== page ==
Good Morning America on Monday featured two liberal experts to explain the escalating crisis in Japan, but didn't identify the leftist background of either. Co-host George Stephanopoulos identified Joe Cirincione as someone "who has also spent many years inside the U.S. government dealing with nuclear issues."
The ABC anchor failed to mention that Cirincione previously worked for the liberal Center for American Progress and was the director of the Carnegie Endowment for Peace. (Stephanopoulos only explained Cirincione's current job, President of the Ploughshares Fund, a group dedicated to achieving a "achieve a safe, secure, nuclear weapon-free world.")
At one point, the journalist offered a mildly challenging question, wondering, "And the White House doesn't seem to be in a red alert status. Is that being too complacent?" Cirincione responded by defending, "The Japanese are some of the best in the world at this. But nobody's been prepared for this kind of thing."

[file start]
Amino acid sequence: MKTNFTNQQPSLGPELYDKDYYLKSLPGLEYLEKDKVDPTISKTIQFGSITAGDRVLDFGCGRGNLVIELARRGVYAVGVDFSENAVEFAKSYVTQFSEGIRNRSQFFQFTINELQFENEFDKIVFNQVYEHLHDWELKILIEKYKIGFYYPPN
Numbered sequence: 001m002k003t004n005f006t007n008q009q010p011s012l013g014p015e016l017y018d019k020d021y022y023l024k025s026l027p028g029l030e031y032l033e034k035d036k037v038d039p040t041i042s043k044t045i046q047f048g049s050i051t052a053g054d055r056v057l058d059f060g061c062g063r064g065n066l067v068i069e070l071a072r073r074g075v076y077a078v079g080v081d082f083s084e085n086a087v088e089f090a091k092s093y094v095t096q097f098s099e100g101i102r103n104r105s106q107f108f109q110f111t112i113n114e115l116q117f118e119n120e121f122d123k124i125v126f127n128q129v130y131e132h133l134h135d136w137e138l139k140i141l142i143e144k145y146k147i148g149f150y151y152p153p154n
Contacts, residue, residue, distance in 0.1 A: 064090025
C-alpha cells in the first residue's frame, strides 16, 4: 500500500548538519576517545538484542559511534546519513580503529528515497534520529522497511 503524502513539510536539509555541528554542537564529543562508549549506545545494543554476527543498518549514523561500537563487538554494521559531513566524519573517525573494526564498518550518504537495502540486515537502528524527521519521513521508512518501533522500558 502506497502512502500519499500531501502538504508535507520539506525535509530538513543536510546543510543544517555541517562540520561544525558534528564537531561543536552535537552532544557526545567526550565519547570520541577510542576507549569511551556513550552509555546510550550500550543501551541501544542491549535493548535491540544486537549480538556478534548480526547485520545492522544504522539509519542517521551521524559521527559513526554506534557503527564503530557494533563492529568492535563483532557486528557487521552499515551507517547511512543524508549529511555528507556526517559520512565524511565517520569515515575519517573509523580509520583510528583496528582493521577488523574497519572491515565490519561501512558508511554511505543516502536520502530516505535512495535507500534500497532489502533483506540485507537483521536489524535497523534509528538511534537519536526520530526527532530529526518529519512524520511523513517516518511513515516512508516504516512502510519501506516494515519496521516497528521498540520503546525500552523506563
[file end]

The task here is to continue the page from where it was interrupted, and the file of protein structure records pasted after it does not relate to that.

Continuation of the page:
Speaking to physicist Michio Kaku on Wednesday's CBS Early Show, co-host Chris Wragge fretted over the recent series of severe winter storms and wondered: "...nine storms in seven weeks, why is this happening?...a lot of people want to talk about global warming and thinking that that may actually come into play here. Is that accurate? Is that having an effect on what's going on?"
Dr. Kaku agreed with the suggestion: "Yes. It seems to violate common sense, but as the Earth begins to heat up, that means more moist air in the Caribbean and the Gulf of Mexico on average. Which creates more precipitation, and eventually more snow." Wragge followed up: "Is this going to continue?" Kaku argued: "...on average, temperatures are going to rise. Remember, last year was the hottest year ever recorded in the history of science, next to 2005, since 1880. So the Earth is heating up. We can debate exactly what's driving it. But, hey, get used to it. We're going to have more energy sloshing around the Earth, more extremes, and swings."